A few brief passages in the notes of Magellan’s ship’s chronicler Antonio Pigafetta make it seem possible that Magellan’s slave En­rique succeeded where his master failed: in traveling all the way around the world. Magellan had bought him on an earlier expedi­tion in Malacca (today a state in Malaysia) and brought him back to Portugal. Magellan’s next voyage was to the 'Spice Islands' of Southeast Asia – but this time in the opposite direction, westward across the Pacific. In his testament, Magellan ordered that Enrique, who had served him as valet and interpreter, should be freed. If Enrique returned to Malacca after Magellan’s death, then he was in fact the first person to sail around the world. Kidlat Tahimik deduces that Enrique originally came from the Phil­ippines thanks to a detail that chronicler Pigafetta mentions in his log of Magellan’s expedition: when the Spanish ships reached Cebu, Enrique was able to make himself understood by the natives. For the filmmaker, that was an indication that Enrique was actually a Filipino who had either been sold as a slave to Malacca or who was a member of the Filipino minority community there. (Another explanation why Enrique could communicate with the rulers on Cebu, of course, could be that Malay, which he spoke fluently, was the lingua franca of the entire region at the time.)
The extant historical sources cannot conclusively prove the claim that Enrique was a Filipino and also the world’s first circumnavi­gator, but they don’t conclusively refute it, either. Kidlat Tahimik uses the resulting narrative possibilities to stage a fascinating thought experiment: what if a paradigmatic victim of early colo­ nisation accomplished a historic, pioneering achievement? Did a man purchased as a servant by a Spanish conquistador on the slave market in Malacca, who interpreted for him and had to serve him at table, play a role in history comparable to that of Marco Polo or of Columbus? In the film, Enrique (played by the director him­ self) does not appear as the object of European exploitation, but rather as a kind of shrewd cosmopolitan from the Global South. Kidlat Tahimik began working on his film about Enrique Melaka in 1979, but for personal reasons never completed it. Not until more than three decades later has he now been able to finish it, almost without a budget – partly thanks to new developments in media technology (some of the new footage was shot with an iPhone). (Tilman Baumgärtel)

Kidlat Tahimik was born as Eric Oteyza de Guia in Baguio City in the Philippines in 1942. Between 1958 and 1963, he first stud­ ied Mechanical Engineering, then Speech Communication and Theatre Arts at the University of the Philippines. In the 1960s, he lived for a while in the United States, earning an MBA from the Wharton School of Business at the University of Pennsylva­nia. Between 1968 and 1972, Tahimik worked in Paris for the Or­ ganisation for Economic Co­operation and Development (OECD). In the early 1970s, he began writing. After a stay in Germany, where he collaborated with Werner Herzog, among other people, he re­ turned to the Philippines in 1975 and began work on his first film, Mababangong Bangungot / The Perfumed Nightmare (1977). He later made many films and videos. He lives in Baguio as a filmmaker, in­ stallation artist, performer, lecturer and author.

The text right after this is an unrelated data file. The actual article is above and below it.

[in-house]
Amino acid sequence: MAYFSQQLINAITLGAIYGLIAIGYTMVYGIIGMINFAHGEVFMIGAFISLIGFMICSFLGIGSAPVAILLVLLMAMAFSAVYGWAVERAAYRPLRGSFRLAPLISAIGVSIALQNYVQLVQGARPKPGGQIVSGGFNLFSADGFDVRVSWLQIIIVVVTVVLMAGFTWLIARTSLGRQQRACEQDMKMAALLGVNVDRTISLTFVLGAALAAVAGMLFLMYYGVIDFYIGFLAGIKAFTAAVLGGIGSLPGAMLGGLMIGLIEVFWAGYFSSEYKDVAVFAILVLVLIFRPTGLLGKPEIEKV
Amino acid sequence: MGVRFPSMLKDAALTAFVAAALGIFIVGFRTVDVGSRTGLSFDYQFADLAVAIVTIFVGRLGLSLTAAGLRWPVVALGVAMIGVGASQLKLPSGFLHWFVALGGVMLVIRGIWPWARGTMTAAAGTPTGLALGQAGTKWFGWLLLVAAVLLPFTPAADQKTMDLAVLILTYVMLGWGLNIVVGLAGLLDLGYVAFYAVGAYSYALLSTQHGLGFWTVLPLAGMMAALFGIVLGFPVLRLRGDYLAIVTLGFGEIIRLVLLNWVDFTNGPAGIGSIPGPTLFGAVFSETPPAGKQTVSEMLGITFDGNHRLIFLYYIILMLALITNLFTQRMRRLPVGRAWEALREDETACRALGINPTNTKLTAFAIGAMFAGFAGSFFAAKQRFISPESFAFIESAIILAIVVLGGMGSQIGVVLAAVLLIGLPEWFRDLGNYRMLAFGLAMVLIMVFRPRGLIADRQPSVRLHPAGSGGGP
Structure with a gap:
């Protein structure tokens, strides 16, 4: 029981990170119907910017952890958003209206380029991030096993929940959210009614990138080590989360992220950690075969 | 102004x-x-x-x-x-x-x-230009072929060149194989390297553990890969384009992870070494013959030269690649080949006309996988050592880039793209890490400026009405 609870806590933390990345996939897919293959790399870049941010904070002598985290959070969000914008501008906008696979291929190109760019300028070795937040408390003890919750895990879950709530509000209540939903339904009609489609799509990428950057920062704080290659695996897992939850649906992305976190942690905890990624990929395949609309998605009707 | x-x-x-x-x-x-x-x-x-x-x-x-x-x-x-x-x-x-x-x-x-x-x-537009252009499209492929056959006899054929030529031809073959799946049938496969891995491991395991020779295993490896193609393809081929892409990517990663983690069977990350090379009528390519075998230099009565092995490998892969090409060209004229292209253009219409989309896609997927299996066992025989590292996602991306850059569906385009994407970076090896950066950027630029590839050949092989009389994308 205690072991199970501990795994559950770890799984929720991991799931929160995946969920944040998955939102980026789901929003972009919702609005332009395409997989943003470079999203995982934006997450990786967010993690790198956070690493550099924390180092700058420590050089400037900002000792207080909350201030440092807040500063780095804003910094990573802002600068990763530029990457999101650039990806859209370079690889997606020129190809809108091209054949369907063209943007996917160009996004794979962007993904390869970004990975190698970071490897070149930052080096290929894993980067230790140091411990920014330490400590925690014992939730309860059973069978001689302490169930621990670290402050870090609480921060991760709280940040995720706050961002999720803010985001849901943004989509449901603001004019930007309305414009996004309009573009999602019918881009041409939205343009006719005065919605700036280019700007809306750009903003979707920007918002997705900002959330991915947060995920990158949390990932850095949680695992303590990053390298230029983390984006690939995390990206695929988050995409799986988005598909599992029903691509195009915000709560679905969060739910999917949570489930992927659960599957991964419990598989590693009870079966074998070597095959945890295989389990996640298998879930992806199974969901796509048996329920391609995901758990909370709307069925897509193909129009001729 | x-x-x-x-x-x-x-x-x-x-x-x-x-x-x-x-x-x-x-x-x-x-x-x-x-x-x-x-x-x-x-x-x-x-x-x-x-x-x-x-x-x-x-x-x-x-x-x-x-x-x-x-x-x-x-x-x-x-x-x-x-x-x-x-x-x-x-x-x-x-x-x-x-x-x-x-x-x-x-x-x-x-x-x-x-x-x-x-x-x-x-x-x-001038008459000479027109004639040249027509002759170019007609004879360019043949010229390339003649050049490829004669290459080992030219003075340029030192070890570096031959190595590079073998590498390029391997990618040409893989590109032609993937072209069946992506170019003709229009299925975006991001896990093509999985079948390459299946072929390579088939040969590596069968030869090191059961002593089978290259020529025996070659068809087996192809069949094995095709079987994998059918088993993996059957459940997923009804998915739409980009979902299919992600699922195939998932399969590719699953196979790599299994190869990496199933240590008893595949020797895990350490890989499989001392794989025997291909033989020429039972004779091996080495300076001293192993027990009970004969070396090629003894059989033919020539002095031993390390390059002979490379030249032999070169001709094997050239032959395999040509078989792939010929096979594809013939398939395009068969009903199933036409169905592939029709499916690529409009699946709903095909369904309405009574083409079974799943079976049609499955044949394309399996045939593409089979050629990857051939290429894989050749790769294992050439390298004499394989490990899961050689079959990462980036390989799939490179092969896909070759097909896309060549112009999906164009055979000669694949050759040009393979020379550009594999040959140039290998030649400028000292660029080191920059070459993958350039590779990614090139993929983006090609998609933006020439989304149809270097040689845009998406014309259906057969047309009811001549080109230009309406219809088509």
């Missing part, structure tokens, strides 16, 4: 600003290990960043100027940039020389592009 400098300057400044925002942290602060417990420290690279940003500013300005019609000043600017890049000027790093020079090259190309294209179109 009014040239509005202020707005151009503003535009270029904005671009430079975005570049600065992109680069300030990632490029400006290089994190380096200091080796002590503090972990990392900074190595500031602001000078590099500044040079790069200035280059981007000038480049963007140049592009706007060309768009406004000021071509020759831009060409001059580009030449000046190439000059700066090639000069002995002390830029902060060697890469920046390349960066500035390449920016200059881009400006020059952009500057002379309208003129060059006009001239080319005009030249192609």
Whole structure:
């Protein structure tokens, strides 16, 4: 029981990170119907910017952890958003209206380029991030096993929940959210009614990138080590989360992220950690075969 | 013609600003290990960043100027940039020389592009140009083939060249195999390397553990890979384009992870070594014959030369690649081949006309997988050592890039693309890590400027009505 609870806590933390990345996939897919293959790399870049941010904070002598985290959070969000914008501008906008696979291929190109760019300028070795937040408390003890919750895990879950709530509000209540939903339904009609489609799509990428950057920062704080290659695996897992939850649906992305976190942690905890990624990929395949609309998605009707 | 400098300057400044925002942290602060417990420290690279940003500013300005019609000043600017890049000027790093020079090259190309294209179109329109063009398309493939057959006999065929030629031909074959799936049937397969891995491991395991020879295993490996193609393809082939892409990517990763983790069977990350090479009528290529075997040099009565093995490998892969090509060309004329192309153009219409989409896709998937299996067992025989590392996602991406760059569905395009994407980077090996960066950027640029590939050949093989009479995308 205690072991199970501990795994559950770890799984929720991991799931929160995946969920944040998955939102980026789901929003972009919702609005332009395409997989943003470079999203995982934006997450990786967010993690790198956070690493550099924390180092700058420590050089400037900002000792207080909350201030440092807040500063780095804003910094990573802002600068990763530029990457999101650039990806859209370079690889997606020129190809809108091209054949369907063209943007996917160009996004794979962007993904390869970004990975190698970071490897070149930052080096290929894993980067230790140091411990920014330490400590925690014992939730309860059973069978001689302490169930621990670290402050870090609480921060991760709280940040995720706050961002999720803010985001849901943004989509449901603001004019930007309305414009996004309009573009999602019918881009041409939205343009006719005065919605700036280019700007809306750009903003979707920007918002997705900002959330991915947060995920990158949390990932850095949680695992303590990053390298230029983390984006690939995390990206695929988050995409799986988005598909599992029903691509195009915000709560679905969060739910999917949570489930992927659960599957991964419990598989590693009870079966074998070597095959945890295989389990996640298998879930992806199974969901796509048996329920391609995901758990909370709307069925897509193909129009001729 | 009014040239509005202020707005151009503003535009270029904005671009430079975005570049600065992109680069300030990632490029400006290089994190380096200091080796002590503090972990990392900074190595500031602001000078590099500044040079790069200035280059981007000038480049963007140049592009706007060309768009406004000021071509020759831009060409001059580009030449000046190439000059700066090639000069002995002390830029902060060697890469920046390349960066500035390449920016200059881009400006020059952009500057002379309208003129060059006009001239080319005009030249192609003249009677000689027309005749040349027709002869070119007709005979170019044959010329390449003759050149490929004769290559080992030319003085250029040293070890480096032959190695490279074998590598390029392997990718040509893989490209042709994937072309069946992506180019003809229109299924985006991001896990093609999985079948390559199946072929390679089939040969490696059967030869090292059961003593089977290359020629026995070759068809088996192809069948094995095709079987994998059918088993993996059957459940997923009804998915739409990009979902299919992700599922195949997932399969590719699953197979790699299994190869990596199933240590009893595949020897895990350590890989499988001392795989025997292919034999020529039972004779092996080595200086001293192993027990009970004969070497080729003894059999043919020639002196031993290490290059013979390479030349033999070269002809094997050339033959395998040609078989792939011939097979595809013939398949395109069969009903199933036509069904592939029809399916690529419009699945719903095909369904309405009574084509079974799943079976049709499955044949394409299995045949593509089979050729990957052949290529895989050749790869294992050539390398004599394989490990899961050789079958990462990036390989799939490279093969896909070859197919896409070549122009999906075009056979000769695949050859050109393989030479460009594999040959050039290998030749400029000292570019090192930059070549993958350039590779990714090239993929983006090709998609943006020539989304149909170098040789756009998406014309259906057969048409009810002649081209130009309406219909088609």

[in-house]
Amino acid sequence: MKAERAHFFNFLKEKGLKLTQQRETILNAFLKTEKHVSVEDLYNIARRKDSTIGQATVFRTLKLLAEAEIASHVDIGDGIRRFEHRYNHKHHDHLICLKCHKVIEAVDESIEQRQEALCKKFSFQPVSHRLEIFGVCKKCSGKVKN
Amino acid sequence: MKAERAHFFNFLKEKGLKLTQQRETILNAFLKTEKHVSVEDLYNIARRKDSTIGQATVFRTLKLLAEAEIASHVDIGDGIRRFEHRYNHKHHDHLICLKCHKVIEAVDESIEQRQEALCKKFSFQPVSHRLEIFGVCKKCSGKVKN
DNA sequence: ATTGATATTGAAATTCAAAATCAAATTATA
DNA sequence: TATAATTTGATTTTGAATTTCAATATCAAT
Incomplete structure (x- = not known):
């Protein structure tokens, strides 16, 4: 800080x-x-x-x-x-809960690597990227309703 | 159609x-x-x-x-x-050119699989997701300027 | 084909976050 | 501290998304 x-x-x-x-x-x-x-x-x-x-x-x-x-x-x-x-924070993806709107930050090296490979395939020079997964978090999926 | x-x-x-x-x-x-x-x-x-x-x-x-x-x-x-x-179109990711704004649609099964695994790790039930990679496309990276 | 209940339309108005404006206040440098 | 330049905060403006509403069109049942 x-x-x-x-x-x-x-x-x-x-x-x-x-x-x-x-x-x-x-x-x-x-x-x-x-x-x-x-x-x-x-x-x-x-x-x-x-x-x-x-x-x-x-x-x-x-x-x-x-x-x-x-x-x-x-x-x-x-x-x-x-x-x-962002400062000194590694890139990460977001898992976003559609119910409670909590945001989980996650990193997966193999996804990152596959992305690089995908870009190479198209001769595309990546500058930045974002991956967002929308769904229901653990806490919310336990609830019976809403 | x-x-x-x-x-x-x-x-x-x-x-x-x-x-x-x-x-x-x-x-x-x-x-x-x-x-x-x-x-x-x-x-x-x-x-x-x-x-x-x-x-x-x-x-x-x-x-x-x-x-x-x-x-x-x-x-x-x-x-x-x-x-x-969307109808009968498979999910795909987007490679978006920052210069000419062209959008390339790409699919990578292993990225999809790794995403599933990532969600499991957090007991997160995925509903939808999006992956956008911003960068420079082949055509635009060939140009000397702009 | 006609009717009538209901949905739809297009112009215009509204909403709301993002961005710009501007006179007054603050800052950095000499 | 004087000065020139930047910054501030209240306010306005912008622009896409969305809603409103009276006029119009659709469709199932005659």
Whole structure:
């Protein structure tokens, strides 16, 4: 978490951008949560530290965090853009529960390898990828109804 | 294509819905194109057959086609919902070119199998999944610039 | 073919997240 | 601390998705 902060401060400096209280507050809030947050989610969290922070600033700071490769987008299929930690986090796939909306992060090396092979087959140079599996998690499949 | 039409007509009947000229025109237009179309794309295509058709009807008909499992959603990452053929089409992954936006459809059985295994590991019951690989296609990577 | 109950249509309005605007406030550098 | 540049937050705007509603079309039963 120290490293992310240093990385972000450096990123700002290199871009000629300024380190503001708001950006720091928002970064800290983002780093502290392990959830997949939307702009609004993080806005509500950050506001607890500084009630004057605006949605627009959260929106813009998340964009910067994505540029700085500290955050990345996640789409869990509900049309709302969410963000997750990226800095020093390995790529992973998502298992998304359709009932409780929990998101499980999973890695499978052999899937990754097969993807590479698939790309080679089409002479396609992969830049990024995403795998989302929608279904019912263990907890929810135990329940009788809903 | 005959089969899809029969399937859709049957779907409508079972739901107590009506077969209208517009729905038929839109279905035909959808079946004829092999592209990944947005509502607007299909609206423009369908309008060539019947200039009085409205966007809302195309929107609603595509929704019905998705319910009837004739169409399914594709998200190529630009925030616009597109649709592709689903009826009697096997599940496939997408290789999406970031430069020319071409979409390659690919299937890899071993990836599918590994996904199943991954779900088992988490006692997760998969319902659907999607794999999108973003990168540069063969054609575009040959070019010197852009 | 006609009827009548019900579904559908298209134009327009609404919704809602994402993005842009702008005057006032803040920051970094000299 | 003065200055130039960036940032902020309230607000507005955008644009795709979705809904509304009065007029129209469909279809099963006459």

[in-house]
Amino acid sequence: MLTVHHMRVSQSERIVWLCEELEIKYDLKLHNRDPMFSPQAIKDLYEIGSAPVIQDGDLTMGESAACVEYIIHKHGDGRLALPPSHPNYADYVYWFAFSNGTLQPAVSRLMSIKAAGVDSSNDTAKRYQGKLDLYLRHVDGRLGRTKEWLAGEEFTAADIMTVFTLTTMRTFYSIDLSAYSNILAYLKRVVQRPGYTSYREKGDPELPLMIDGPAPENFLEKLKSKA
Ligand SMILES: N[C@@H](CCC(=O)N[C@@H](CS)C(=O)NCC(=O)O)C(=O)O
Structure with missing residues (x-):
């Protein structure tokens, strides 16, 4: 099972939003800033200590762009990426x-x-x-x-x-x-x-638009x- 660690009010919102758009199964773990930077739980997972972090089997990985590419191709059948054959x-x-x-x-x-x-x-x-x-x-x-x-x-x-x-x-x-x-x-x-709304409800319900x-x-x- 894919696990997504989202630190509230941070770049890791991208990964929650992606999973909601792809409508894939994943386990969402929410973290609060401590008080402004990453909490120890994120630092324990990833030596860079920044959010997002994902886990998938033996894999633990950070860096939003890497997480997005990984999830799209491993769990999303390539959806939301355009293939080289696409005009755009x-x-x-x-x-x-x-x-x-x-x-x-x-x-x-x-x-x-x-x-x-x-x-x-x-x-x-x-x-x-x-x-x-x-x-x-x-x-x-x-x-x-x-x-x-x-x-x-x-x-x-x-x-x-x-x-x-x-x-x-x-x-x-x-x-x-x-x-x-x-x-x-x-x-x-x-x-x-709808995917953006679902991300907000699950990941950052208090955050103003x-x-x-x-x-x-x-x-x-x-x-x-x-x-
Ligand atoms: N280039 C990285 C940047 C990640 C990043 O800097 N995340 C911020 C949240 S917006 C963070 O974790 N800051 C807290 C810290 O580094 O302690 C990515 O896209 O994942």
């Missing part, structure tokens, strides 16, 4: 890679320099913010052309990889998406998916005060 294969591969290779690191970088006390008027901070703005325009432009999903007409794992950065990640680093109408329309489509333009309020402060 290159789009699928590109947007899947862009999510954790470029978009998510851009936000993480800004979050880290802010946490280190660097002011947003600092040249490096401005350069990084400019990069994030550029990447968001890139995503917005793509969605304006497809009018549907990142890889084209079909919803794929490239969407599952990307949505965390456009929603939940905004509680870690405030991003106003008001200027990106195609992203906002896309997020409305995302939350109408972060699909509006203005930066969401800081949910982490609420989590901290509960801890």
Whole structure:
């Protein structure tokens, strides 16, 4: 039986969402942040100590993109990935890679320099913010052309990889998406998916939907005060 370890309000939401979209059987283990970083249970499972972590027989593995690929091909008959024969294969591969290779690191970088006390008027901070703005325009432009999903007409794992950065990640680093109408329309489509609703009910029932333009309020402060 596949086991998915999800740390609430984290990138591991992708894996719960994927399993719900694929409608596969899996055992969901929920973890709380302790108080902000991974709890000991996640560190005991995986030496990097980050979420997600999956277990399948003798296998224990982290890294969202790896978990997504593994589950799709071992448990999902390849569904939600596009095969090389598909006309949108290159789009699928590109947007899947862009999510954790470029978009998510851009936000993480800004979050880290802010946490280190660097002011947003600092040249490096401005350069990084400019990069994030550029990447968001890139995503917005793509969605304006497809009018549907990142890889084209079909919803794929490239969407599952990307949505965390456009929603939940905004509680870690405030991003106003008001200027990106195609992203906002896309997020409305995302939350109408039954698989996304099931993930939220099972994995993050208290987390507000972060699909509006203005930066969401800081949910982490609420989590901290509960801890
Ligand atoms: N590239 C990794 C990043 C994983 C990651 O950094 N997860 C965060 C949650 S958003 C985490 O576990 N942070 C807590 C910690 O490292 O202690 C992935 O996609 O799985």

1977: Mababangong Bangungot / Perfumed Nightmare (Berlina­le Forum 1977, 93 min.). 1979: Sinong Lumikha ng Yoyo? Sinong Lumikha ng Moon Buggy? / Who Invented the Yoyo? Who Invented the Moon Buggy?. 1981: Olympic Gold. 1982: Yanki: Made in Hongkong. 1983: Turumba. 1984: Memories of Overdevelopment. 1987: I Am Furious Yellow. 1989: Takadera Mon Amour. 1992: Orbit 50 (Letters to my Three Sons). 1994: Bakit Yellow ang Gitna ng Bahaghari? / Why Is Yellow Middle of Rainbow?. 1995: Our Bomb Mission To Hiroshima. 1996: Bahag ko, Mahal ko / Japanese Summers of a Filipino Fundoshi. 2000: Banal-Kahoy / Holy Wood. 2003: Aqua Planet. 2005: Some More Rice. 2005: Tatlong Atang at Isang Pagnakaw. 2007: Bubong / Roofs of the World! Unite!. 2015: Balikbayan #1 Memories of Overdevelopment Redux III.

Philippienes 2015. Format: DCP 1:1.78 (16:9), Colour. Running Time: 150 min. Language: English, Tagalog, Spanish with English subtitles. Director, script: Kidlat Tahimik.  Camera: Boy Yniguez, Lee Briones, Abi Lara, Santos Bayucca, Kidlat de Guia, Kawayan de Guia, Kidlat Tahimik. Editor: Charlie Fugunt, Abi Lara, Chuck Gutierrez, Clang Sison, Malaya Camporedondo. Costumes: Katrin de Guia. Musik: Los Indios de España, Shanto. Cast: Kidlat Tahimik, George Steinberg, Kawayan de Guia, Wigs Tysman, Katrin de Guia, Kabunyan de Guia, Danny Orquico, Marlies v. Brevern, Mitos Benitez